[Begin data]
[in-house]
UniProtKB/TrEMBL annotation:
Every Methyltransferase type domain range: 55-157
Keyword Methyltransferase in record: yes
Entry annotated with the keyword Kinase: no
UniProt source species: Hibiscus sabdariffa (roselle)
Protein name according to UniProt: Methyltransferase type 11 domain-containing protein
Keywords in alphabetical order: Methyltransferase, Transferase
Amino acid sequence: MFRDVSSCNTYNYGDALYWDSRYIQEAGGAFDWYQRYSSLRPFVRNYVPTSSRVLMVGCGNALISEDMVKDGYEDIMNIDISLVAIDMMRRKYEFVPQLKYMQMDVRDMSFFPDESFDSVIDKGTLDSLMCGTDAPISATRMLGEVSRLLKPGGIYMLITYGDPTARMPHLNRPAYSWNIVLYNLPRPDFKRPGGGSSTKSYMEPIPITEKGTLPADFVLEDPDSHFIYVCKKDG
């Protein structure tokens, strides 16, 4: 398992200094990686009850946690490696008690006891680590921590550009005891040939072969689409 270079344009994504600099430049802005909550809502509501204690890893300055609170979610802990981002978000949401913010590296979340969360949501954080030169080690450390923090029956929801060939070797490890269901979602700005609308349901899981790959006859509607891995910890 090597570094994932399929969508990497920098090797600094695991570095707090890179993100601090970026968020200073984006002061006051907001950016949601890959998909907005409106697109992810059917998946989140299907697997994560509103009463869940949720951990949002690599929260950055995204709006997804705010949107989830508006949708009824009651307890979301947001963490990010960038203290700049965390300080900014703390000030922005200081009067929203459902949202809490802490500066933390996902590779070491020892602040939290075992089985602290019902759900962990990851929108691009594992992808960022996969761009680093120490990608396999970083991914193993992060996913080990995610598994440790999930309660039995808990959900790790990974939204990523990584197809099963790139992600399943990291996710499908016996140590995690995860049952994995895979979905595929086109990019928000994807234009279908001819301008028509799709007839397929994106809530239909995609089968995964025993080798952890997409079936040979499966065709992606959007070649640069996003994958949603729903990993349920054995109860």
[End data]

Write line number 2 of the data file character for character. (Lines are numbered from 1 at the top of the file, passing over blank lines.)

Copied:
UniProtKB/TrEMBL annotation: